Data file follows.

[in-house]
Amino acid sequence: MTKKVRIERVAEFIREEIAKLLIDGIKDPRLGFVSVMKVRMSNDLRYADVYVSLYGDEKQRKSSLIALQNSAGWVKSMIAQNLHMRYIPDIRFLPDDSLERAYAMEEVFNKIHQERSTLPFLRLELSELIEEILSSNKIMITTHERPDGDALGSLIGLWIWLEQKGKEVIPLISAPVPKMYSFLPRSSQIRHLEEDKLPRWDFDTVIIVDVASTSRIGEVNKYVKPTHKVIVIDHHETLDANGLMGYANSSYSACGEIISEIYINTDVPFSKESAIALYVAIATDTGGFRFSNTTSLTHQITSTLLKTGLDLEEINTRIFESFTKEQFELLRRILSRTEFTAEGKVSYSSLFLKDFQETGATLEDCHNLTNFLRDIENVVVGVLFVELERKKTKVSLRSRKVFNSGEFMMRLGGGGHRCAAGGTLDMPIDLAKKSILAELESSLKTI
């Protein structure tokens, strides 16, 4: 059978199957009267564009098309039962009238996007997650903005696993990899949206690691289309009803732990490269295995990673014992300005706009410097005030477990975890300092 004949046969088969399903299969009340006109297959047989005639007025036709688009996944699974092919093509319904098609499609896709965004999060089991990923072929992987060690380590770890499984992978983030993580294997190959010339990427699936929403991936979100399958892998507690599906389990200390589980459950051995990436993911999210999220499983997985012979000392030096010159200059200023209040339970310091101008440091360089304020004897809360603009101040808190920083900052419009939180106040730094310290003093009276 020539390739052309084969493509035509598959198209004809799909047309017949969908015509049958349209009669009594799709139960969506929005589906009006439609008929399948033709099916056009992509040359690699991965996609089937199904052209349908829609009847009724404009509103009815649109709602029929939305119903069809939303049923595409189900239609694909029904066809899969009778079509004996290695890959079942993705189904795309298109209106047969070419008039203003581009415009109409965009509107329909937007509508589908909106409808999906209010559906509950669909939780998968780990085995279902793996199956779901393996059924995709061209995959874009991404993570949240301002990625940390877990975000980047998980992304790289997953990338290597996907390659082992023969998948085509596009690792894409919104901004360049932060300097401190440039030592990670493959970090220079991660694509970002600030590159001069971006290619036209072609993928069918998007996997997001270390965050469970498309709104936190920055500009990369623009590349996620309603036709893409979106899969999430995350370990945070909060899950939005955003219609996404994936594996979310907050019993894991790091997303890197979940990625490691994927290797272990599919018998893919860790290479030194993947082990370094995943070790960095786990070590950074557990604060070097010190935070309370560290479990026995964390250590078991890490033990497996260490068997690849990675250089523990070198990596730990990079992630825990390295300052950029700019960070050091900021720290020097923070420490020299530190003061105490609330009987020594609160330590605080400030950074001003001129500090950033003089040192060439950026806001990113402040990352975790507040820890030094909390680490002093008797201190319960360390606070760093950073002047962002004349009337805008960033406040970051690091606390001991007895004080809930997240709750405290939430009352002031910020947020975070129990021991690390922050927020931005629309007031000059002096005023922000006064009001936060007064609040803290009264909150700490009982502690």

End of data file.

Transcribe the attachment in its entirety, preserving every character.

[in-house]
Amino acid sequence: MTKKVRIERVAEFIREEIAKLLIDGIKDPRLGFVSVMKVRMSNDLRYADVYVSLYGDEKQRKSSLIALQNSAGWVKSMIAQNLHMRYIPDIRFLPDDSLERAYAMEEVFNKIHQERSTLPFLRLELSELIEEILSSNKIMITTHERPDGDALGSLIGLWIWLEQKGKEVIPLISAPVPKMYSFLPRSSQIRHLEEDKLPRWDFDTVIIVDVASTSRIGEVNKYVKPTHKVIVIDHHETLDANGLMGYANSSYSACGEIISEIYINTDVPFSKESAIALYVAIATDTGGFRFSNTTSLTHQITSTLLKTGLDLEEINTRIFESFTKEQFELLRRILSRTEFTAEGKVSYSSLFLKDFQETGATLEDCHNLTNFLRDIENVVVGVLFVELERKKTKVSLRSRKVFNSGEFMMRLGGGGHRCAAGGTLDMPIDLAKKSILAELESSLKTI
């Protein structure tokens, strides 16, 4: 059978199957009267564009098309039962009238996007997650903005696993990899949206690691289309009803732990490269295995990673014992300005706009410097005030477990975890300092 004949046969088969399903299969009340006109297959047989005639007025036709688009996944699974092919093509319904098609499609896709965004999060089991990923072929992987060690380590770890499984992978983030993580294997190959010339990427699936929403991936979100399958892998507690599906389990200390589980459950051995990436993911999210999220499983997985012979000392030096010159200059200023209040339970310091101008440091360089304020004897809360603009101040808190920083900052419009939180106040730094310290003093009276 020539390739052309084969493509035509598959198209004809799909047309017949969908015509049958349209009669009594799709139960969506929005589906009006439609008929399948033709099916056009992509040359690699991965996609089937199904052209349908829609009847009724404009509103009815649109709602029929939305119903069809939303049923595409189900239609694909029904066809899969009778079509004996290695890959079942993705189904795309298109209106047969070419008039203003581009415009109409965009509107329909937007509508589908909106409808999906209010559906509950669909939780998968780990085995279902793996199956779901393996059924995709061209995959874009991404993570949240301002990625940390877990975000980047998980992304790289997953990338290597996907390659082992023969998948085509596009690792894409919104901004360049932060300097401190440039030592990670493959970090220079991660694509970002600030590159001069971006290619036209072609993928069918998007996997997001270390965050469970498309709104936190920055500009990369623009590349996620309603036709893409979106899969999430995350370990945070909060899950939005955003219609996404994936594996979310907050019993894991790091997303890197979940990625490691994927290797272990599919018998893919860790290479030194993947082990370094995943070790960095786990070590950074557990604060070097010190935070309370560290479990026995964390250590078991890490033990497996260490068997690849990675250089523990070198990596730990990079992630825990390295300052950029700019960070050091900021720290020097923070420490020299530190003061105490609330009987020594609160330590605080400030950074001003001129500090950033003089040192060439950026806001990113402040990352975790507040820890030094909390680490002093008797201190319960360390606070760093950073002047962002004349009337805008960033406040970051690091606390001991007895004080809930997240709750405290939430009352002031910020947020975070129990021991690390922050927020931005629309007031000059002096005023922000006064009001936060007064609040803290009264909150700490009982502690």